What is the large center portion of the sternum?The body
what is the inferior portion of the Sternum called?Xiphoid Process
Superiorly the bony thorax consists of what?2 Clavicles, 2 Scapulae, and 12 pairs of ribs
What Landmark is used Posterioanterior projection?Vertebra Prominens (C7)
Where is the C7 landmark located?The base of the neck
What Landmark is used for an Anteroposterior chest projection?Jugular notch
What is another Jugular Notch?Manubrial or Suprasternal notch
Where is the Jugular Notch Palpated?A deep notch or depression on the superior portion of the sternum
What vertebral level is the Midthorax located at?T7

Respiratory System/Diaphragm

Question Answer
What are the 4 General Divisions of the respiratory system?Pharynx, Trachea, Bronchi, and Lungs
What is the Primary muscle of Inspiration?Diaphragm
Where must air pass before it gets to the Larynx?The Pharynx
What is the Pharynx also referred to as?Upper Airway or Upper Respiratory tract
Food/Fluids/Air pass through the Pharynx; is it considered part of the proper Respiratory System?Fuck no
What are the 3 Division of the Pharynx?Nasopharynx, Oropharynx, and Laryngopharynx
What marks the boundary between the Nasopharynx and the Oropharynx?The Uvula
What Flips down to cover the Laryngeal opening Food and Fluid?The Epiglottis
Part of the Digestive system that connects the Pharynx with the with the stomach is the what?Esophagus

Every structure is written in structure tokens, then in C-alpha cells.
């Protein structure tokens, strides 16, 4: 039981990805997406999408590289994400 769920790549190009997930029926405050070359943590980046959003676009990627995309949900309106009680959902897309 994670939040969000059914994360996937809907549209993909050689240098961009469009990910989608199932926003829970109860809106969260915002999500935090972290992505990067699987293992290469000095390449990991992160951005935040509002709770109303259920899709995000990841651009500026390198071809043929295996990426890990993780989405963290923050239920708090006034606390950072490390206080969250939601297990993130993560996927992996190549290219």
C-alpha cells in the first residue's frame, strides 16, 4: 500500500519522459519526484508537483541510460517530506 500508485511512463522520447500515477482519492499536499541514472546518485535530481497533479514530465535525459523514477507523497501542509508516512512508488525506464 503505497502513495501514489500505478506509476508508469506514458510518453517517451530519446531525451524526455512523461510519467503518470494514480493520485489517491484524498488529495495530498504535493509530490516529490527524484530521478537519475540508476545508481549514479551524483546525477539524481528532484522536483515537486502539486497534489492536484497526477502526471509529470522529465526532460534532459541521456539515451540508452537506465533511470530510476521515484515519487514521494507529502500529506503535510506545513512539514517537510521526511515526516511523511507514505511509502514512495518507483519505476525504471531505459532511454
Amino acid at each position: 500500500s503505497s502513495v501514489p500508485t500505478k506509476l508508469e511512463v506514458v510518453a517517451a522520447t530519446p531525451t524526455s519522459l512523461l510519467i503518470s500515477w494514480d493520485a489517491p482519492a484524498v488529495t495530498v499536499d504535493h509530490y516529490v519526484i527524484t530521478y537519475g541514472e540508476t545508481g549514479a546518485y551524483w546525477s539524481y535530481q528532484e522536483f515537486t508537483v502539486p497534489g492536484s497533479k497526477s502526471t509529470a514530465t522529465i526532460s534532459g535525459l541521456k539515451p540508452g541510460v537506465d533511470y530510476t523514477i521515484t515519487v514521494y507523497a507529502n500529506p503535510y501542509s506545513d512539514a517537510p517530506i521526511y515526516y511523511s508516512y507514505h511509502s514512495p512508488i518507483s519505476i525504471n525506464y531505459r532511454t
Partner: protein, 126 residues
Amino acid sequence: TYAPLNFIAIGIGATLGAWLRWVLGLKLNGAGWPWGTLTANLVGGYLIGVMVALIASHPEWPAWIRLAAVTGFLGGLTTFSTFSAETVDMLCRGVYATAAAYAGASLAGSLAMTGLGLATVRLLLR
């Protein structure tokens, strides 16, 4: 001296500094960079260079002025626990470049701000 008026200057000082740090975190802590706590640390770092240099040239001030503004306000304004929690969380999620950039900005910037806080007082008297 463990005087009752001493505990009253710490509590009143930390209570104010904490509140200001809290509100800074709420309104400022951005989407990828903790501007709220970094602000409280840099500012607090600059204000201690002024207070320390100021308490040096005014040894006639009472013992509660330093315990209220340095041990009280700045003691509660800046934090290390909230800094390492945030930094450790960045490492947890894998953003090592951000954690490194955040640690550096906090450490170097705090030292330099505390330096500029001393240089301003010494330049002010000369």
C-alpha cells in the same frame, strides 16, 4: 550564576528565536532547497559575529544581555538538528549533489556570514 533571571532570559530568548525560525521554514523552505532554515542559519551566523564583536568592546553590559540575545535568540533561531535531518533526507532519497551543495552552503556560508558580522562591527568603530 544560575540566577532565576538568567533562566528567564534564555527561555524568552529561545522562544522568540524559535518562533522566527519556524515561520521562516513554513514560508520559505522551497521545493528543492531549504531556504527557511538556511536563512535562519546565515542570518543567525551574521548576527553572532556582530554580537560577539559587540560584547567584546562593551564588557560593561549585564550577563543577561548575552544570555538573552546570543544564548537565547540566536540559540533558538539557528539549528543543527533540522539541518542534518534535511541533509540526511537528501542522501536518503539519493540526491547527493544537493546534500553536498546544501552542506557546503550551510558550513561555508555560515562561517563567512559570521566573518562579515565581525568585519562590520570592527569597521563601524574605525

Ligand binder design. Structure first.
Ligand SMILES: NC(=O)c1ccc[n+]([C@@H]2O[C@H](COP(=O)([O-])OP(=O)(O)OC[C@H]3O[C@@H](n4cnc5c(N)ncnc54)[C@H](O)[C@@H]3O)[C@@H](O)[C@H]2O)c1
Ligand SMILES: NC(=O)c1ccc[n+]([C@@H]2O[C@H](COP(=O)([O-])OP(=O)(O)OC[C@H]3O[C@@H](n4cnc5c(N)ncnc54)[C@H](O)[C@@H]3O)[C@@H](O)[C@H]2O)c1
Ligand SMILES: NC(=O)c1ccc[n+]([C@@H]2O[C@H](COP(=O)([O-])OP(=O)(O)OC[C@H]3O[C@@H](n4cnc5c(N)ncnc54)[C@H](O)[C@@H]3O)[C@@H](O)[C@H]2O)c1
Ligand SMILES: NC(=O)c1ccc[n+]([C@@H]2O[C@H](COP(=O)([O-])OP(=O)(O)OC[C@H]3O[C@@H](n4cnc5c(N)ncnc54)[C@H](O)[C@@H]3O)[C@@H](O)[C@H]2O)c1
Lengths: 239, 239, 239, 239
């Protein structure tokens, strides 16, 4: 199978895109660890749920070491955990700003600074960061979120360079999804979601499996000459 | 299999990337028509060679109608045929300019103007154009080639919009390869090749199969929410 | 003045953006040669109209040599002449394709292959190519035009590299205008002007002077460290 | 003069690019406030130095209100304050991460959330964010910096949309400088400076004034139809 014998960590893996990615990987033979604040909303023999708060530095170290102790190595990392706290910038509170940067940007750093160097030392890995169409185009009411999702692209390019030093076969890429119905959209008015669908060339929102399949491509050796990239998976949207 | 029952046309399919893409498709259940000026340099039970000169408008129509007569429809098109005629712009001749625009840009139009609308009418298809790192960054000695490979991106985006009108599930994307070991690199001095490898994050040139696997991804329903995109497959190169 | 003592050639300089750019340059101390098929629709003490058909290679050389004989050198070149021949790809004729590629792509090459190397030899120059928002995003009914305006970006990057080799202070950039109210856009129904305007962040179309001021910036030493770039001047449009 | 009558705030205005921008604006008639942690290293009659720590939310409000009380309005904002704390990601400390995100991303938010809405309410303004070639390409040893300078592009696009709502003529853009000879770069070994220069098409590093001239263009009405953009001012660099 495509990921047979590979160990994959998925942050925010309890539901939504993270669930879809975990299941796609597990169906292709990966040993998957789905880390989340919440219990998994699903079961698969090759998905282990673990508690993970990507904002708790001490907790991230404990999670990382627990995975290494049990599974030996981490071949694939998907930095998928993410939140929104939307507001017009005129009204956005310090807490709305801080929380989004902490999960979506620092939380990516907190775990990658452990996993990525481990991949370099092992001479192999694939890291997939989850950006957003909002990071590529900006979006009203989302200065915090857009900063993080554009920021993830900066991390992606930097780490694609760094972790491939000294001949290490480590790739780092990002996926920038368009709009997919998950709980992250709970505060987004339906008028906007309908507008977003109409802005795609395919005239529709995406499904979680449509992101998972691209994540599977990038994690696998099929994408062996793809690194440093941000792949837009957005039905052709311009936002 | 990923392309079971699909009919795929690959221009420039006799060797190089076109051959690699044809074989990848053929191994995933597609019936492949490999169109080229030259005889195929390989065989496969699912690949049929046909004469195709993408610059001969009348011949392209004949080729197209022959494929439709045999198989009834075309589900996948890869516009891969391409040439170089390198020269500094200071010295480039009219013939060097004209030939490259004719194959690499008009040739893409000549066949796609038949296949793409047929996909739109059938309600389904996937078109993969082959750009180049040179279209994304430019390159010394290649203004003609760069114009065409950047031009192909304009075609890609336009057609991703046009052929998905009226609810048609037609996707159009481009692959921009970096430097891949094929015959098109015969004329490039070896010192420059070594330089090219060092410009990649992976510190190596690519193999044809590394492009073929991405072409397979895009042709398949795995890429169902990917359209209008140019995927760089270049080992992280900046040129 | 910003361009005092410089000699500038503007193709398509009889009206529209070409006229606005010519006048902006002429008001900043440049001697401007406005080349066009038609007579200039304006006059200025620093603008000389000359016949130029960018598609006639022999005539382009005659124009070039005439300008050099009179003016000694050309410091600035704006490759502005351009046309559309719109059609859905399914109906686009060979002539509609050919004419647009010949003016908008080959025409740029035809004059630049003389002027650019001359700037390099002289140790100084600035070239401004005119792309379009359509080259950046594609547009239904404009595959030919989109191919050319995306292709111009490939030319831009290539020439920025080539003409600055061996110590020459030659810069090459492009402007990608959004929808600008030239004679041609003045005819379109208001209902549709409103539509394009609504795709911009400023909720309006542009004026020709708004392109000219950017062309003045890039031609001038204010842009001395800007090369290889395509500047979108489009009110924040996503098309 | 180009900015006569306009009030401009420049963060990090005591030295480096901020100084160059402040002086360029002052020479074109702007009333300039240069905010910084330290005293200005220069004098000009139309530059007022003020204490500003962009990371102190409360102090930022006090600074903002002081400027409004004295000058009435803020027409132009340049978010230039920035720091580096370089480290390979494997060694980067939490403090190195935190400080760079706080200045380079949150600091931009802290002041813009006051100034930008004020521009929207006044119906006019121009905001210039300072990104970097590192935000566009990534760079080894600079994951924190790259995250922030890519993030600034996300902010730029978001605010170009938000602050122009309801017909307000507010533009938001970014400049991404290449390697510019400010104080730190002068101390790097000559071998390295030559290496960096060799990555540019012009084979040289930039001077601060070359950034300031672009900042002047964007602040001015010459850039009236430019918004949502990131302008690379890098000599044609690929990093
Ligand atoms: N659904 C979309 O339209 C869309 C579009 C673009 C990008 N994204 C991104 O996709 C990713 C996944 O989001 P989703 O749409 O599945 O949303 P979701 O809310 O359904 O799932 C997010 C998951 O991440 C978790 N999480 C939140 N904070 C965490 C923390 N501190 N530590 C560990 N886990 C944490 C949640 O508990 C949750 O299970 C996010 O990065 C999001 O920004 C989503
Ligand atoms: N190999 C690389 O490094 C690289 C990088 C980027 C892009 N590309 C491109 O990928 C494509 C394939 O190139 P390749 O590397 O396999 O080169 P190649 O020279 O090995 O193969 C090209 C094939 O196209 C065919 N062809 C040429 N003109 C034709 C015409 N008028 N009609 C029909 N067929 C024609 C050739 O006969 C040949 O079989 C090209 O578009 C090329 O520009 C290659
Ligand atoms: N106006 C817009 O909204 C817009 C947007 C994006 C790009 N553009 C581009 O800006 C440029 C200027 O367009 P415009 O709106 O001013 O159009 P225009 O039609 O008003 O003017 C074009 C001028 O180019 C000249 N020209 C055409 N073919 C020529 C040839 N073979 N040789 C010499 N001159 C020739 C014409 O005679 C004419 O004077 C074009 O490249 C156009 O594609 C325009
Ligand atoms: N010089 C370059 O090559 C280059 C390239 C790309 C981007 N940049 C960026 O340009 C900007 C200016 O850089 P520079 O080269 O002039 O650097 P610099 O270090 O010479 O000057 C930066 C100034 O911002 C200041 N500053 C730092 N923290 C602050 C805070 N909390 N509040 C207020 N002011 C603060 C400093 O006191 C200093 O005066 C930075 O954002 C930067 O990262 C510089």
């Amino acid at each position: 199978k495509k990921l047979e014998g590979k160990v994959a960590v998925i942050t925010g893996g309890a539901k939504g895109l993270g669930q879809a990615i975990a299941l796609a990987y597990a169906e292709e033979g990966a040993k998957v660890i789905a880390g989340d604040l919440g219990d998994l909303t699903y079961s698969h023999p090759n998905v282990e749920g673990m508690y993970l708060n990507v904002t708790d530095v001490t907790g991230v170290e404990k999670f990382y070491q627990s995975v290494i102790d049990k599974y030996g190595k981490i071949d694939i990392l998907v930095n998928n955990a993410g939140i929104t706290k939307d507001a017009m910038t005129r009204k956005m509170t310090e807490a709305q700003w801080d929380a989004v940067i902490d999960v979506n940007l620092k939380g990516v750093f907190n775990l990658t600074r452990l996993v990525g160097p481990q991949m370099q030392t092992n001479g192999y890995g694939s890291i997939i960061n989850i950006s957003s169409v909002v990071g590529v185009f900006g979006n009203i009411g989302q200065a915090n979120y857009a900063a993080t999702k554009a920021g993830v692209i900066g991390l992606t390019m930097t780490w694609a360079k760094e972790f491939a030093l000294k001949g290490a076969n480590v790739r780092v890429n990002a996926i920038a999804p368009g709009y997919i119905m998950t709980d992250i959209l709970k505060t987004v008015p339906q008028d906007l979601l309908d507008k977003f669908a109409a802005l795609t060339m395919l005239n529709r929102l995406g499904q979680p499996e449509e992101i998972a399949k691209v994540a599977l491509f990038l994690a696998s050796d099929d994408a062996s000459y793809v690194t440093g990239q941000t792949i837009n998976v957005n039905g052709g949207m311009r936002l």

What makes the Adam's Apple?The Thyroid Cartilage of the Larynx
What happens to the Diaphragm during Inspiration?Moves DOWN to its lowest point
What happens to the Diaphragm during Expiration?Moves UP to highest point

Respiratory System Proper/Larynx/Trachea

Question Answer
What are the four parts of the Respiratory System Proper?Larynx, Trachea, Right and Left Bronchi, Lungs
What is the Larynx also known as?Voice-Box
Is the Larynx Anterior or Posterior in the neck?Anterior
The Larynx is at what Vertebral Level?Between C3 and C6
At what level does the Larynx Join the Trachea?Level C6
At what Vertebral level is the Laryngeal prominence?C5
What is the 2nd division of the Respiratory System Proper?The Trachea
What is the Diameter of the Trachea?3/4 in or 2cm
What is the Length of the Trachea?4 and 1/2 inches or 11 cm
How many c-shape cartilage rings does the Trachea have?20
At what Vertebral level does the Larynx turn into the Trachea?C6